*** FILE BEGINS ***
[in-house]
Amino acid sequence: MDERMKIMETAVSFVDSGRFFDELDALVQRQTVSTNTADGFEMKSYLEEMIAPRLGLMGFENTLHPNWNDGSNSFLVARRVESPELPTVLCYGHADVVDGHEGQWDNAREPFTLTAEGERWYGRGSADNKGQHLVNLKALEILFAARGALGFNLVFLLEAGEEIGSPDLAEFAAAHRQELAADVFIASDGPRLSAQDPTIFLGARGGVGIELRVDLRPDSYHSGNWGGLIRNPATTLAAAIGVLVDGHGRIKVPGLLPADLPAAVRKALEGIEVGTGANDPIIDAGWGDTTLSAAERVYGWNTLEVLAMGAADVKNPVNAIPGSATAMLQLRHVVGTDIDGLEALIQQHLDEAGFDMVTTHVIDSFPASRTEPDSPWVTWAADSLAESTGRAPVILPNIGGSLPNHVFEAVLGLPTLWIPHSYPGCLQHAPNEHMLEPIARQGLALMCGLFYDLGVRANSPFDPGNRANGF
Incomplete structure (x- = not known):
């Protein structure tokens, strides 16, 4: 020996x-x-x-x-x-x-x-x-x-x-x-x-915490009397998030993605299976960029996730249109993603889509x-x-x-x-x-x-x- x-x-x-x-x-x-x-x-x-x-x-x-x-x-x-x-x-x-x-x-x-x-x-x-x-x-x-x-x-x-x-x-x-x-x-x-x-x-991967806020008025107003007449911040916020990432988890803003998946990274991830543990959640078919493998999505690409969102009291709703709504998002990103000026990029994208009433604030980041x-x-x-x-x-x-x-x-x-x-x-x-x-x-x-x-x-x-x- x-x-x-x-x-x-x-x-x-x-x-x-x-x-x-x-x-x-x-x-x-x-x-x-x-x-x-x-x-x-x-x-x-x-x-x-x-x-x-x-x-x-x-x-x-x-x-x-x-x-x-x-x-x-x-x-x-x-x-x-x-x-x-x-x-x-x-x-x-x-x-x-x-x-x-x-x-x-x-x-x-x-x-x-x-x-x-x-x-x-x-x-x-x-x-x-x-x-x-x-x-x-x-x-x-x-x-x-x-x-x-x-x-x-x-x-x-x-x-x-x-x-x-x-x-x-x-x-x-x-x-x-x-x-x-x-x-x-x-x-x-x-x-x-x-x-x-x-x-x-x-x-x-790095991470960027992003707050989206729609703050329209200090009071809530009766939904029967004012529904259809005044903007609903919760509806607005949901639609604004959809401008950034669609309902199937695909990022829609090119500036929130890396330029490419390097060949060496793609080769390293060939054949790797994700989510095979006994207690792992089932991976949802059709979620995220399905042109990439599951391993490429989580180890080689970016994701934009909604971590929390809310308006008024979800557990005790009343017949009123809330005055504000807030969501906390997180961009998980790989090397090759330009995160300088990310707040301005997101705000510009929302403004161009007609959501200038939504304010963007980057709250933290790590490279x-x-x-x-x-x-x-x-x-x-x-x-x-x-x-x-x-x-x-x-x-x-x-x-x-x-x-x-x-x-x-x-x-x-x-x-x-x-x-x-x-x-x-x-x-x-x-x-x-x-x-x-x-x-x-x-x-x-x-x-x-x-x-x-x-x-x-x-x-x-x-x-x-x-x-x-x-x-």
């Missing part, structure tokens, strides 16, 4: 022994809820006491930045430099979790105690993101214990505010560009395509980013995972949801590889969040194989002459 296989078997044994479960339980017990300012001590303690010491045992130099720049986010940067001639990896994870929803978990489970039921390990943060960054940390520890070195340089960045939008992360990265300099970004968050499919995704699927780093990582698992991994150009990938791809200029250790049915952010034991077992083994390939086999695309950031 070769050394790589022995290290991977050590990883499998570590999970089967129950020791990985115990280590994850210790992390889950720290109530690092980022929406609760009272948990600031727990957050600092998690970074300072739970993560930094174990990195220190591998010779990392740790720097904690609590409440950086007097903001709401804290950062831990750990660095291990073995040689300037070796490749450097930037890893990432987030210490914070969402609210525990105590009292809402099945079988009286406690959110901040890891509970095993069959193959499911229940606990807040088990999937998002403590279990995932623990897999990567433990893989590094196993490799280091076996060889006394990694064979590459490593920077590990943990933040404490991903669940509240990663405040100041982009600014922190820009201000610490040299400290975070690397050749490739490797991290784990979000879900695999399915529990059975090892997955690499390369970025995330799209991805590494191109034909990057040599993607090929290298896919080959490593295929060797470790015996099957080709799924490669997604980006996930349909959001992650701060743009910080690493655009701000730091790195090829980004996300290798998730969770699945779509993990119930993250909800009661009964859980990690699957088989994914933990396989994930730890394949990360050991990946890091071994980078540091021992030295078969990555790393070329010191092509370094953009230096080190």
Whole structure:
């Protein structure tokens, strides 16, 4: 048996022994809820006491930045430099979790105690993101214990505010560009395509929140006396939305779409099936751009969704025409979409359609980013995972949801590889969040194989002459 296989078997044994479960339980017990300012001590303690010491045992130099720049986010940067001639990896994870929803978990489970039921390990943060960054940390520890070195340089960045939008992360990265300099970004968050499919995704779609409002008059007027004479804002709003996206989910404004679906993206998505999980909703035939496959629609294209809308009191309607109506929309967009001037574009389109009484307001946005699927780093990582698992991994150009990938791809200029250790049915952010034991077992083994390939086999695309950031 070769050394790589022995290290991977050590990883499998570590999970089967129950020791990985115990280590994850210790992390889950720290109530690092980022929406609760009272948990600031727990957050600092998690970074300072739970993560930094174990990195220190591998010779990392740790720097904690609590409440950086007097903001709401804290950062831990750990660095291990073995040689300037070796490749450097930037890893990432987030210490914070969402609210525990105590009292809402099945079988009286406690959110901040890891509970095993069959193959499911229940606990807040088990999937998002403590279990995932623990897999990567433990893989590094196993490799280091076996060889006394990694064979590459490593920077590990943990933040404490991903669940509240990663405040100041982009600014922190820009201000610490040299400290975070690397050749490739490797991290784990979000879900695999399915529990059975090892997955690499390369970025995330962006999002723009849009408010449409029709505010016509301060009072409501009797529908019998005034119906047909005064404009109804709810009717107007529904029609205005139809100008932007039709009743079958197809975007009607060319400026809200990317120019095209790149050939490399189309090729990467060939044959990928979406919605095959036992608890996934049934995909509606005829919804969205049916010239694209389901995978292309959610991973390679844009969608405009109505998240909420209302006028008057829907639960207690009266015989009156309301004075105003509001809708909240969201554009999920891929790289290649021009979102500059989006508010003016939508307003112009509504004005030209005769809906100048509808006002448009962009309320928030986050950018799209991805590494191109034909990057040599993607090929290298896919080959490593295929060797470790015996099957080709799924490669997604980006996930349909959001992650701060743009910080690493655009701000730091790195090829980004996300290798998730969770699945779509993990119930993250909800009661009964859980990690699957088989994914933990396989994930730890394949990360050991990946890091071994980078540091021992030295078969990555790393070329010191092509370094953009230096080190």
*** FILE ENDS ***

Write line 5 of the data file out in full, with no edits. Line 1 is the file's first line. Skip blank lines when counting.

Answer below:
């Missing part, structure tokens, strides 16, 4: 022994809820006491930045430099979790105690993101214990505010560009395509980013995972949801590889969040194989002459 296989078997044994479960339980017990300012001590303690010491045992130099720049986010940067001639990896994870929803978990489970039921390990943060960054940390520890070195340089960045939008992360990265300099970004968050499919995704699927780093990582698992991994150009990938791809200029250790049915952010034991077992083994390939086999695309950031 070769050394790589022995290290991977050590990883499998570590999970089967129950020791990985115990280590994850210790992390889950720290109530690092980022929406609760009272948990600031727990957050600092998690970074300072739970993560930094174990990195220190591998010779990392740790720097904690609590409440950086007097903001709401804290950062831990750990660095291990073995040689300037070796490749450097930037890893990432987030210490914070969402609210525990105590009292809402099945079988009286406690959110901040890891509970095993069959193959499911229940606990807040088990999937998002403590279990995932623990897999990567433990893989590094196993490799280091076996060889006394990694064979590459490593920077590990943990933040404490991903669940509240990663405040100041982009600014922190820009201000610490040299400290975070690397050749490739490797991290784990979000879900695999399915529990059975090892997955690499390369970025995330799209991805590494191109034909990057040599993607090929290298896919080959490593295929060797470790015996099957080709799924490669997604980006996930349909959001992650701060743009910080690493655009701000730091790195090829980004996300290798998730969770699945779509993990119930993250909800009661009964859980990690699957088989994914933990396989994930730890394949990360050991990946890091071994980078540091021992030295078969990555790393070329010191092509370094953009230096080190």